In software engineering, dependency injection (DI) is an object-oriented design pattern whereby one component is independent of its dependencies. It represents the IoC (Inversion of control) principle implementation and it enables the creation and binding of the dependent objects separately from the services that use them. DI is a programming technique that allows us to implement loosely coupled software components.
In the electric vehicle charging platform, a case where we use DI patterns is the user microservice, which attends to platform users’ management.
The user API controller will define and handle the endpoints to capture or update the user profile information. In this pattern implementation we used interfaces and we did not depend on a concrete usage of a service dependency. Instead of instantiating collaborators directly into the constructor, the dependencies are isolated into interfaces and provided as parameters in the constructor.
At the controller level the services that are requested are UserService and logging that contain the business logic and the link to the data access layer.
The capture in Figure 5 represents the dependency injection pattern implementation through a UserProfile controller with user profile and logging services injected in the constructor.

3.1.3. Façade Pattern

The facade structural design pattern delivers a way to decrease the overall complexity of the application by moving the unwanted dependencies to one place. The facade can be easily identified in classes that have simple functionality implemented and delegate a part of the work to other classes. The objective of the facade pattern is to follow the full life cycle of the objects used.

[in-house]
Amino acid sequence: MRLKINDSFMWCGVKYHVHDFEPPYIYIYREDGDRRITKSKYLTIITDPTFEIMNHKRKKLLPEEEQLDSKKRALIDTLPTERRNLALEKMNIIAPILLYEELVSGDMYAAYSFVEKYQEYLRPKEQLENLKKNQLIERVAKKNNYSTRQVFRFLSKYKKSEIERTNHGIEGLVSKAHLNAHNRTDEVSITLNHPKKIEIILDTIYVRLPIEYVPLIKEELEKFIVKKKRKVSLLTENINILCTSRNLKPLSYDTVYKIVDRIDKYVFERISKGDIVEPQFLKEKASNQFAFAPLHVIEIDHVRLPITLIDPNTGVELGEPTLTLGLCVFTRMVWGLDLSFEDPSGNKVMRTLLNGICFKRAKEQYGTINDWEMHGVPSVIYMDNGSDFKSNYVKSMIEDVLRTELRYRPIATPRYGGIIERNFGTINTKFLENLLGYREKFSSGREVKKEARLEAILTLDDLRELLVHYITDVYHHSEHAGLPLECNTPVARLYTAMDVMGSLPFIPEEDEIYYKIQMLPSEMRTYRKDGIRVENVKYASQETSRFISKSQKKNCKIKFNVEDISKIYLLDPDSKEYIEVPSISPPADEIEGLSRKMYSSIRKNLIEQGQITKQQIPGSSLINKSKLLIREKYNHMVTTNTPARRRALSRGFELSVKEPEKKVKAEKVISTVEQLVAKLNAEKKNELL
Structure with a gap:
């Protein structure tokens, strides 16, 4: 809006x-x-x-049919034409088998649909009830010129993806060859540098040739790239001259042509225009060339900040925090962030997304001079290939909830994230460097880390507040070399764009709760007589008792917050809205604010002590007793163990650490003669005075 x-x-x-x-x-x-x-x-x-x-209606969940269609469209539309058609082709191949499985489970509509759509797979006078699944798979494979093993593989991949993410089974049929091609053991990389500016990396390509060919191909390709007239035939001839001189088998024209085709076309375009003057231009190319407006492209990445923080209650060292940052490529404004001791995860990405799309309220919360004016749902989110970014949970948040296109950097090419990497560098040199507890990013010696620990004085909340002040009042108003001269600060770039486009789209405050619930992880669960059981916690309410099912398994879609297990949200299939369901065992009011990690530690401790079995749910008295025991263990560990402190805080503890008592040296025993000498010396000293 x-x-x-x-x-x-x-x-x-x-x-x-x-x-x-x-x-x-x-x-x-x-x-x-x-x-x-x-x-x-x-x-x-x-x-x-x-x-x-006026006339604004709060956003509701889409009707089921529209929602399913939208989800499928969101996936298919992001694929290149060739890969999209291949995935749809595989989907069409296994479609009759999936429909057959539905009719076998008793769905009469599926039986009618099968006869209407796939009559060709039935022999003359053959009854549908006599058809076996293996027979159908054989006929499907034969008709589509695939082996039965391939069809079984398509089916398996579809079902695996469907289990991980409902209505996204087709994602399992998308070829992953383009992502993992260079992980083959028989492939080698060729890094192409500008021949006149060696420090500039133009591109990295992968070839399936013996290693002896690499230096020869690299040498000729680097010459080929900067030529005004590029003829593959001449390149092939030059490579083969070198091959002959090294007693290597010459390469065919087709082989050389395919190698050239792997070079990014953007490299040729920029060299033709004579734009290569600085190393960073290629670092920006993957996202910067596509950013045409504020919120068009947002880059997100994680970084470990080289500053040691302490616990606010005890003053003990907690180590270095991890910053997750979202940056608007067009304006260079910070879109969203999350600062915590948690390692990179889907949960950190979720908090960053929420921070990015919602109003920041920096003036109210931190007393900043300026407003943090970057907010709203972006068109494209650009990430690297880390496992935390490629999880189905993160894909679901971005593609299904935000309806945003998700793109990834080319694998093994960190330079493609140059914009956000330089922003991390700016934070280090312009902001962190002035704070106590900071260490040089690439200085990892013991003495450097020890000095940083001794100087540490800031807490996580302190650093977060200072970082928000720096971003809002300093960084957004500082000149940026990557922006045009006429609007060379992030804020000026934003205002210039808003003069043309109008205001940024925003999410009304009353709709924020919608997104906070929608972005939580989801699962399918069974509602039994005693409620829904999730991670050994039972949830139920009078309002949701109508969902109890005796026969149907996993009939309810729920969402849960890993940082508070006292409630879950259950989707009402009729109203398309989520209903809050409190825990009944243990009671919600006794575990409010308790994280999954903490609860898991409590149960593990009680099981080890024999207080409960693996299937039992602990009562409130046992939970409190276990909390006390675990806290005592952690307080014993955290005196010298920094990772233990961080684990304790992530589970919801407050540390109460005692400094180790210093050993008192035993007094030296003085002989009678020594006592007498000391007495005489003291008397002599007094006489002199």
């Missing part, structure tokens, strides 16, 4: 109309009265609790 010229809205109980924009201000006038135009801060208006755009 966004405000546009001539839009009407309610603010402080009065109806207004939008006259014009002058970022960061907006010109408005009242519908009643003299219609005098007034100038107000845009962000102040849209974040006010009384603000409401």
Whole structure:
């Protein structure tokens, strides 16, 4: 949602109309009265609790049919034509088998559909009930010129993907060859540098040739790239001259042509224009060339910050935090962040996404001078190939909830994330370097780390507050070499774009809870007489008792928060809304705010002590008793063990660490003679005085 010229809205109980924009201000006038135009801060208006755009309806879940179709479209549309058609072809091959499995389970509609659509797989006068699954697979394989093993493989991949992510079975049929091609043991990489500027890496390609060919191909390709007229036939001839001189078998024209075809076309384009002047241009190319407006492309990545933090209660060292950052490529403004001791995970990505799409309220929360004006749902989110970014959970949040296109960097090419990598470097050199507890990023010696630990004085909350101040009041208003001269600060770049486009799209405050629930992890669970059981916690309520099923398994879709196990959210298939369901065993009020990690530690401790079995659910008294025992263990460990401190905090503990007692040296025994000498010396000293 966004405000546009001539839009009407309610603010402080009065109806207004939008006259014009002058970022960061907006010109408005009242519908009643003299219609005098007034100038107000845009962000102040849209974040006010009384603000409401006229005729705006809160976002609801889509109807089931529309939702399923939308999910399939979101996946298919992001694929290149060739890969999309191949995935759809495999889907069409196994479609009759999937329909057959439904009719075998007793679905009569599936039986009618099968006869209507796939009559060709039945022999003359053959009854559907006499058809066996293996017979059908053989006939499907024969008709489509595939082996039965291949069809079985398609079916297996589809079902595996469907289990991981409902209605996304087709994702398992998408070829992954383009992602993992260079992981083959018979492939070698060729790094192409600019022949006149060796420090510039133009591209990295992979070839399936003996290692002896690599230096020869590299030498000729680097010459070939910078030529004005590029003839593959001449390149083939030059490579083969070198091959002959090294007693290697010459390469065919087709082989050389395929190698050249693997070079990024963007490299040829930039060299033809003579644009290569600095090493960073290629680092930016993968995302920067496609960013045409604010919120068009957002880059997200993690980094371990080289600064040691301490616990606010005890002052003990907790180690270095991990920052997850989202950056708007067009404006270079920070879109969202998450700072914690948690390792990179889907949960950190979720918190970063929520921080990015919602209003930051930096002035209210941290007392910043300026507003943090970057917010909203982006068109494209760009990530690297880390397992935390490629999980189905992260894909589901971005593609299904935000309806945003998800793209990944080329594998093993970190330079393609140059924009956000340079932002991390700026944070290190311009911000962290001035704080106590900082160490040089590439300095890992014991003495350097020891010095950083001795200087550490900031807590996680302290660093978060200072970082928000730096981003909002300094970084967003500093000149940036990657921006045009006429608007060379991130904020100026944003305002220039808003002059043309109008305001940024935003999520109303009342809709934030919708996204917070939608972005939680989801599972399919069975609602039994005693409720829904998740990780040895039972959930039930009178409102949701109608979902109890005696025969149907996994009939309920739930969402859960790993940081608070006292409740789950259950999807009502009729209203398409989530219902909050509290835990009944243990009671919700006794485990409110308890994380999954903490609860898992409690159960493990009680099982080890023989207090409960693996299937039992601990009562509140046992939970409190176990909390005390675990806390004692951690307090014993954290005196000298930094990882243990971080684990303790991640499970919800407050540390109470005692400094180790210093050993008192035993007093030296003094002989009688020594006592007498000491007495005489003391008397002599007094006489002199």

In the next example in Figure 6, the “LogService” class acts as a facade because during the “SaveAsync” method, we built the model to be saved in the cloud and then delegate another microservice to the operation of uploading the information to the external container. Thus, the upload operation can be treated as a separate step, and the implemented functionality can also be used to push binary files into the cloud.

3.1.4. Repository Pattern

The repository pattern proves useful by creating an “abstraction layer between the data access and the business layer of an application” [42]. Among the advantages of this pattern, we can mention the fact that it ensures code maintainability and reusability. Data access is maintained through specific classes called repositories and the communication with the database is established through a middleware. At its core, it represents a generic repository that will serve us all the CRUD functions, which can be called upon by any of the repository classes in our microservices projects. (CRUD stands for create, read, update and delete)
The scheme in Figure 7 illustrates a repository pattern implementation from the abstract layer to the services usage.
Building the generic repository and repository classes using the respective generic repository does not constitute the final step. We will continue with the creation of a wrapper around the repository classes, called “ChargingStationService”, for instance, and inject it as a service. In this way, the wrapper can be instantiated once and then we call upon any of the repository classes we need within our microservice controllers [42].
The capture in Figure 8 below presents the structure of the abstract layer in the repository pattern practice.

3.1.5. Template Method Pattern

The template method is a part of the behavioral design pattern category that defines basic algorithm structure in the superclass, which is usually an abstract one and allows the subclasses that use it to overrule certain steps of the algorithm, keeping its original structure intact.
The idea behind this pattern is to split the algorithm structure into simple steps, which are then turned into methods that are part of the template method. Usually, the steps may have a default implementation or can just be abstract. To be able to use the algorithm, the client needs to provide its own subclass, which implements the abstract methods and overrides some, where needed. So, the template method allows us to break down a monolithic algorithm into a series of specific subclasses and to keep the common functionality into a superclass, eliminating code duplication.